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Is openness the highest virtue?

I have just read a really interesting reflection on the larger context of the ‘gay debate’ by Anna Norman Walker, whom I knew in passing from theological college, and who is now Diocesan Missioner in Exeter Diocese. In it, she puts her finger on a number of issues which are particularly pertinent for those from evangelical backgrounds who have changed their minds on this subject.

She talks of her conversion from ‘middle of the road Anglican’ to enthusiastic evangelical:

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Same-sex marriage and moral debate

In the C of E, and more widely in the UK, the church discussion about the moral status of same-sex unions tends to take place in isolation from other moral issues. (Perhaps the one exception to that is the recent debate about women in leadership—but I argue here that these two questions are quite distinct.) […]

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Does ‘Israel’ have a divine right to the land? part 2

In my previous post, looking at the function of the land in the OT, I concluded that the land is the arena in which the people of God both receive God’s blessings, and take on the responsibility of obedience to God’s commands. How is this idea developed and adapted in the New Testament? There are […]

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Does ‘Israel’ have a divine right to the land? part 1

Martin Saunders (of Youthscape) wrote an excellent article highlighting four issues which often prevent evangelicals from understanding what has been happening in the Israel/Gaza conflict. First, he comments ‘It’s not as simple as good guys vs bad guys’, something which I have also been trying to point out, though social media is not helping with […]

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Preaching the wisdom of James

Preaching on wisdom literature is always a challenge, since it is the text most likely to lead us into moralism or simplistic reading. The letter of James is perhaps the closest we have to wisdom literature in the NT, and it shares these challenges. This is the script of a sermon I preached a few […]

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When does help harm?

This guest post is a book review by Peter Bates, a friend and member of St Nic’s Church who works in community development. Robert Lupton’s book Toxic Charity (Harper Collins, 2012) is essential reading for anyone who gives time or money to assist the less well off. It’s a remarkably easy read that requires no background […]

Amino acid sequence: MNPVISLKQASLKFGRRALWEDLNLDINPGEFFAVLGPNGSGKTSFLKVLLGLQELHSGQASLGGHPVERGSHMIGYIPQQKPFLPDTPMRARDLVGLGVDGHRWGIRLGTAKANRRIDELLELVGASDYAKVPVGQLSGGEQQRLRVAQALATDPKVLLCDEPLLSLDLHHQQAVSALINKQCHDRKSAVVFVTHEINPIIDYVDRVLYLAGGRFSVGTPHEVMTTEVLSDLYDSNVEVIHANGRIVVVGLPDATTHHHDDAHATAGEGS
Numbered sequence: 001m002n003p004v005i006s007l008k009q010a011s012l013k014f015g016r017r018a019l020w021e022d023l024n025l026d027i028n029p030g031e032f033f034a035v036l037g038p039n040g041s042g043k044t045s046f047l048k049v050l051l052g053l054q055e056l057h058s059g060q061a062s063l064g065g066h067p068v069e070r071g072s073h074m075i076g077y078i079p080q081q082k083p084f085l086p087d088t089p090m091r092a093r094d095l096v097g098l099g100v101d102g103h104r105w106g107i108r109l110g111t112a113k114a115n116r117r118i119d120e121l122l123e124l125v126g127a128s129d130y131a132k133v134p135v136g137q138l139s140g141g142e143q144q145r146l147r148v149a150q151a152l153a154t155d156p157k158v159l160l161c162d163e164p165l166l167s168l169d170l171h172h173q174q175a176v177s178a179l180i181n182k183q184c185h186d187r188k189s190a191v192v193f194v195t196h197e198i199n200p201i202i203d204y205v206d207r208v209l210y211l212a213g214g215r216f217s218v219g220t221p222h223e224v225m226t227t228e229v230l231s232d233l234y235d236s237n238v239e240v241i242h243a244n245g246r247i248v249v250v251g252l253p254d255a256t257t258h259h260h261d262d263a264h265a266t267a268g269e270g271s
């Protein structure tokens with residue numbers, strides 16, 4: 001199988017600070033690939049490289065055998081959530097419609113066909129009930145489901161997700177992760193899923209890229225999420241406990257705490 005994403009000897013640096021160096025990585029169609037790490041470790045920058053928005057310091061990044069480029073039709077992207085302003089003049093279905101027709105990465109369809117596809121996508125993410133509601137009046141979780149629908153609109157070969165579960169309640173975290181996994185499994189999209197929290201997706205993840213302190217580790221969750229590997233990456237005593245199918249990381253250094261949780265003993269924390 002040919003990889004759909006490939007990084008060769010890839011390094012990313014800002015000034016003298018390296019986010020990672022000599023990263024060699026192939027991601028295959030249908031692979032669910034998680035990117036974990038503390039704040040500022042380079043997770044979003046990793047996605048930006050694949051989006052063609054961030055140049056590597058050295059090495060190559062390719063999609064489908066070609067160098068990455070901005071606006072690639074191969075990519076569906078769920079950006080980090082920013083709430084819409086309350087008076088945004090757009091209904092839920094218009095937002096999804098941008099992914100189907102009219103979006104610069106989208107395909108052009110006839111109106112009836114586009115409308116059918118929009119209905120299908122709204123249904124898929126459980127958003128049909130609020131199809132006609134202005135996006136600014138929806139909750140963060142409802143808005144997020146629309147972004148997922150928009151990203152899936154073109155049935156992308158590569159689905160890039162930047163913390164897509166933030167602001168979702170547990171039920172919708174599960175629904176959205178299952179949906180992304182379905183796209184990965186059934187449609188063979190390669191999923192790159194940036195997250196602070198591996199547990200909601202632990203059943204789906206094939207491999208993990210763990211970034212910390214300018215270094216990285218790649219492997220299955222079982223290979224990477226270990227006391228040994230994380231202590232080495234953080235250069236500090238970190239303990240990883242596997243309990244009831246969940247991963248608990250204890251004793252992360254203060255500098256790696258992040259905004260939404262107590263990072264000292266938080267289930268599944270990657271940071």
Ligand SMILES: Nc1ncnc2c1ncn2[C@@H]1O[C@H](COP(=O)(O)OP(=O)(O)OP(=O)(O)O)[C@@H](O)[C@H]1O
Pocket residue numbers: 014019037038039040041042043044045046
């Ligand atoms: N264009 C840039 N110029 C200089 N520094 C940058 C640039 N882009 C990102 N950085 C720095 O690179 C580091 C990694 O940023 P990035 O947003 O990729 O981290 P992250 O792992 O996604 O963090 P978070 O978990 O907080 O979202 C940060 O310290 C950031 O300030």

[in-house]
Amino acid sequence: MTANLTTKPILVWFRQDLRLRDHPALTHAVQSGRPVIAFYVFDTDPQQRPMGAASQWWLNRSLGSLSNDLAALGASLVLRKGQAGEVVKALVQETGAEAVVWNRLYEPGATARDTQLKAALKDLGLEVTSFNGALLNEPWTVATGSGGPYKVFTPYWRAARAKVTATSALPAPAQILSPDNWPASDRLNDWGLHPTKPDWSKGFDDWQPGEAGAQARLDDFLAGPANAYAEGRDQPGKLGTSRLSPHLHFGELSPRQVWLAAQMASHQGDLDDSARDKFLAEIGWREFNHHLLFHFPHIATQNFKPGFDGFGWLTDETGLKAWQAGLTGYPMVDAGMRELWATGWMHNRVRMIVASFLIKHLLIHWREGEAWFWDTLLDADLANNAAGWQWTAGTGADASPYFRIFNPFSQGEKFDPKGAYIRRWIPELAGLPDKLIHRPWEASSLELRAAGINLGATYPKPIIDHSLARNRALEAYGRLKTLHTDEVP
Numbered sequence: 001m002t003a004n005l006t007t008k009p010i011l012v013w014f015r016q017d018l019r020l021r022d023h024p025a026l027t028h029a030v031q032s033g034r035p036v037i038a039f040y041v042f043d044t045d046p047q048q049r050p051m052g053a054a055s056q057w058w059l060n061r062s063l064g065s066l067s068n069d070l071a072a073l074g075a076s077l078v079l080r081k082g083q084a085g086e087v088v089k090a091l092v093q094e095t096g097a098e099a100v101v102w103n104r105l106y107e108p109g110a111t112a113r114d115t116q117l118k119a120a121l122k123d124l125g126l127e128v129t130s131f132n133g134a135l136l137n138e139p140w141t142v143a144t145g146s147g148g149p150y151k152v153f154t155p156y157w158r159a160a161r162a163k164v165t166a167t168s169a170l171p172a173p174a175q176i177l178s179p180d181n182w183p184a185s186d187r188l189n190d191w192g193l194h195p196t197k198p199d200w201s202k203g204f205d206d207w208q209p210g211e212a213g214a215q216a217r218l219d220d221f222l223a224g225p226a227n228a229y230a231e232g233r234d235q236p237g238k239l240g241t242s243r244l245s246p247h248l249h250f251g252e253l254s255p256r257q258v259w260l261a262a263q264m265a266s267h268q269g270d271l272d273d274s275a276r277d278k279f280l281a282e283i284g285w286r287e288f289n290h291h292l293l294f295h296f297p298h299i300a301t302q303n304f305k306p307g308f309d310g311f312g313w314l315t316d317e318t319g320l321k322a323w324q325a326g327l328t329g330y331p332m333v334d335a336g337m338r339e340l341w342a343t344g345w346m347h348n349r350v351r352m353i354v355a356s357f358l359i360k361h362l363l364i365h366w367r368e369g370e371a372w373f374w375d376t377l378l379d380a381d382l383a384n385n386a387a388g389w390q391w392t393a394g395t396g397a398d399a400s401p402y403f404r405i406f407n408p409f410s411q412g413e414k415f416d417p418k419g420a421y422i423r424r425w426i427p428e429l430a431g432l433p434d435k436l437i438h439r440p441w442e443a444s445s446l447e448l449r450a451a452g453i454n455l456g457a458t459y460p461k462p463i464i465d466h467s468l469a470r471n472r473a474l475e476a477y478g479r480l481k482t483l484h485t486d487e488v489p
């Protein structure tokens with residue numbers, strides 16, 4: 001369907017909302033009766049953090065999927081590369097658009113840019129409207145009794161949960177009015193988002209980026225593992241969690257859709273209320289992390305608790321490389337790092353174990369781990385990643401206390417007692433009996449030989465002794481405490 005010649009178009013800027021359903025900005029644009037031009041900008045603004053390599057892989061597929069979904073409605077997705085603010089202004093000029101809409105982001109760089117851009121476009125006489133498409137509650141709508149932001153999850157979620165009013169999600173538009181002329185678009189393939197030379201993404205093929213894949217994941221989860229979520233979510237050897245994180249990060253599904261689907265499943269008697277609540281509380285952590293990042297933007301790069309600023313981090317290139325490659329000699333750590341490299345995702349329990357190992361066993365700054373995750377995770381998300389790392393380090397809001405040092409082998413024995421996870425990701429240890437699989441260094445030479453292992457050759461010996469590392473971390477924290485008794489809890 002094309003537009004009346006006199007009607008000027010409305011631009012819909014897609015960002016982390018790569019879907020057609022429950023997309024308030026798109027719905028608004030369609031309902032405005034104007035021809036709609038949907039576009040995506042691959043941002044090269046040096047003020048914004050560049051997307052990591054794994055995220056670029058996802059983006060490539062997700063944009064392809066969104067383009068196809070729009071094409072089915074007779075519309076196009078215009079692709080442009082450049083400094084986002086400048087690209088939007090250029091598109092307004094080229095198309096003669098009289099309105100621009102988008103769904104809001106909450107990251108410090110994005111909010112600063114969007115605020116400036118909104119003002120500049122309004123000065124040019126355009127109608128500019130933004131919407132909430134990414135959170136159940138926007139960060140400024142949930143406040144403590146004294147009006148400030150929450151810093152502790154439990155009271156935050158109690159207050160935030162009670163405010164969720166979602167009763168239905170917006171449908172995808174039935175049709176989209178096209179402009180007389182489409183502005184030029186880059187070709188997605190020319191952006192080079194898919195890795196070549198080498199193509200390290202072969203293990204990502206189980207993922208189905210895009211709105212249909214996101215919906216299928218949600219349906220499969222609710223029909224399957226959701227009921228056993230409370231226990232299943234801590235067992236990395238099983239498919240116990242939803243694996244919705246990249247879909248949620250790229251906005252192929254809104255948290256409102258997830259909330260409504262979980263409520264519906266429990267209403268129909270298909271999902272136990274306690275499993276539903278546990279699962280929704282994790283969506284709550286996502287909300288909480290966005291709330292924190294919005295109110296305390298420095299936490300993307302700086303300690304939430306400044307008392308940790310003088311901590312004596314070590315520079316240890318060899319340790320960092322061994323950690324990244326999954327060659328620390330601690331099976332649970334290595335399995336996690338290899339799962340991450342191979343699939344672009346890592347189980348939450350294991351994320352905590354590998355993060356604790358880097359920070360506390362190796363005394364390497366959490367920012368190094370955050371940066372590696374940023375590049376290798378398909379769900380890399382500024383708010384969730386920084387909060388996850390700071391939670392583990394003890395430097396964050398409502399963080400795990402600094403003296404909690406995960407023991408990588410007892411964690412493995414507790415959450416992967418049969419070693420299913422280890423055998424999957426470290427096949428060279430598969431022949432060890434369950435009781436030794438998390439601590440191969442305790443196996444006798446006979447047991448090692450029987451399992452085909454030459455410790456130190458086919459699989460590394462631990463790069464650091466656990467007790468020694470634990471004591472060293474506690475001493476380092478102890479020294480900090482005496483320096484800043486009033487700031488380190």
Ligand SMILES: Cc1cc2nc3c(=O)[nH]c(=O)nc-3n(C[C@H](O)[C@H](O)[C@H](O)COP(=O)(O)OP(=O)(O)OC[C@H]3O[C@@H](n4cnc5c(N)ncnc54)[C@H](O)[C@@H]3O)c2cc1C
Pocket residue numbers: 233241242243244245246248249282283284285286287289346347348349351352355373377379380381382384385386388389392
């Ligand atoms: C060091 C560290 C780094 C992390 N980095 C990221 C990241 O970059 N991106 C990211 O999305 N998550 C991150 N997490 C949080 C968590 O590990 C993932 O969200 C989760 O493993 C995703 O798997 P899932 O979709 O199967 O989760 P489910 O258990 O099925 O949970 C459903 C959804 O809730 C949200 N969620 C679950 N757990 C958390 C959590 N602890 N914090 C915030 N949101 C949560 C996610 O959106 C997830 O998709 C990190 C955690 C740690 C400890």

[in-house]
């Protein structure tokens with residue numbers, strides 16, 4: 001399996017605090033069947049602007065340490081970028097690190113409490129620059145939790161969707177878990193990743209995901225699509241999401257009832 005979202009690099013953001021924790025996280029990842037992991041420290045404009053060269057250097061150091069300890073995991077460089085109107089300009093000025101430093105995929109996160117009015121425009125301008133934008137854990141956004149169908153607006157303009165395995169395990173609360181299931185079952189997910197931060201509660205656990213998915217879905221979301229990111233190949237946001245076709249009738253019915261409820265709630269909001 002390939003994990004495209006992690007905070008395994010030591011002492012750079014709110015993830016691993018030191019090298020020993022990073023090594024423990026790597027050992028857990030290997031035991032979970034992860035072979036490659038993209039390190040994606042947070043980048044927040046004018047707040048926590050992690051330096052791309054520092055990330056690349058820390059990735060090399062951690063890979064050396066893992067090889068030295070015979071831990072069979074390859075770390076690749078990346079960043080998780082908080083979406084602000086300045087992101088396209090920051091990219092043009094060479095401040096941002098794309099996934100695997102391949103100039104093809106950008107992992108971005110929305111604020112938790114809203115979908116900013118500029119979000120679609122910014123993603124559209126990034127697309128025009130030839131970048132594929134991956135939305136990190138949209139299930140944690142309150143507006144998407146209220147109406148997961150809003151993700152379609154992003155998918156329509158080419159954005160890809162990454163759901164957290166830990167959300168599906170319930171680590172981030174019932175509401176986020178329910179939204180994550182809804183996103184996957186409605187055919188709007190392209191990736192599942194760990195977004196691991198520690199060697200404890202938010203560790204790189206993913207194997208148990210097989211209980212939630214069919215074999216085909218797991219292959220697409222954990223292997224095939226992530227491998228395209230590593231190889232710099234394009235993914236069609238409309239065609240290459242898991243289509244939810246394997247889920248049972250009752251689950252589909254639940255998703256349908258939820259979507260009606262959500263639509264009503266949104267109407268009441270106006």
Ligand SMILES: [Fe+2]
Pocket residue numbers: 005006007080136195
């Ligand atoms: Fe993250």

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The meaning of the Millennium

It is curious that we get more excited about the supposed events leading up to Jesus’ second coming than we do about what that coming itself will bring. It is a bit like being more excited about the fixtures and fittings on a train than where the train is actually going to take you. My […]

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Making sense of the Second Coming

I’ve come to realise that there is one verse in the gospels which can unlock our whole understanding of what to expect in looking for Jesus’ return, the ‘second coming.’ The verse is Matt 24.34: ‘Amen I tell you, there is NO WAY this generation will pass away until all these things have come to […]

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What is prayer?

I recently preached at another local church, and a member of the congregation there is running a project to encourage prayer. He has recorded a range of leaders talking about prayer, and incorporated this into a website which includes a course on prayer making use of Richard Foster’s book Prayer: finding the heart’s true home. Find […]

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Israel v Gaza: taking sides

It is astonishing to find that the level of violent conflict in the world at present has pushed stories about ISIS rape and murder of Christians in Mosul down to third place in the news. Western military intervention in Iraq, Libya and Afghanistan was in large part based on a narrative that as countries become […]

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What are (women) bishops for?

I am heading back (on Sunday) from what I can only describe as an inspirational service at Canterbury Cathedral where my friend Rob Innes was ordained as the new Bishop of Gibraltar in Europe. (Yes, formal Anglican services can be inspirational!). The recent debate about women bishops (which might continue, for reasons below) raises the […]

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